How to Unclog a Sprinkler Head

Remove mineral deposits from lawn sprinklers quickly and easily.

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Here's how to clean clogged lawn sprinklers using special cleaners that dissolve rust and mineral build-ups.

Tools Required

  • Brass Bristle Brush

Materials Required

  • Rust and mineral remover
  • Spray silicone

Clean Clogged Sprinklers

If you have a lot of iron or other minerals in your water, then you likely know how much of a problem they can create. Iron builds up on the working parts and in the holes of sprinklers, which over time can make them quit working altogether. Here’s the good news: a simple soaking in a rust-removing solution followed by a spritz of silicone lubricant is all it takes to rejuvenate your sprinkler.

Project step-by-step (2)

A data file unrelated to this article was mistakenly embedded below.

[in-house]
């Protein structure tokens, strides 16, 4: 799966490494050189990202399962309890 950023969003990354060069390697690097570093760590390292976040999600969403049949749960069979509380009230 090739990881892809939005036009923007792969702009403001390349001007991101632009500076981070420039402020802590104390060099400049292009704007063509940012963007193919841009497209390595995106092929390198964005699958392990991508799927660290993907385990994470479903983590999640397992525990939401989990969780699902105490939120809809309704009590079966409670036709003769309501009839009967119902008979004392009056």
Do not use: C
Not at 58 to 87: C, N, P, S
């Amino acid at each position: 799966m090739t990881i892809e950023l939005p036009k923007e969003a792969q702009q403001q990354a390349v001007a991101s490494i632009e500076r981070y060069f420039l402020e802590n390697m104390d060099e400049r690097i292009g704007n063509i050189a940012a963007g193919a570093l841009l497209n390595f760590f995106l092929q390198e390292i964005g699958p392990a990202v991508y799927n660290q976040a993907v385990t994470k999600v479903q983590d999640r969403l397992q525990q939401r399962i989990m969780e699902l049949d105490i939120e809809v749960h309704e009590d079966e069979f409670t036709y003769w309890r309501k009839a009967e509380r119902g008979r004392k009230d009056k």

Step 1

Soak Sprinklers in Rust Remover

Fill a freezer bag half full of rust remover and drop your sprinkler into the bag. We used CLR Calcium, Lime, and Rust Remover, but other rust-removing solutions will also work. Swish it around occasionally to distribute the solution. Remove the sprinkler after 30 minutes and rinse it in clear water.

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Step 2

Spray With Silicone

Clean off any remaining mineral or rust buildup with a brass-bristle brush. Spray silicone on the cleaned-up sprinkler to lubricate the parts and to prevent iron and mineral buildup.

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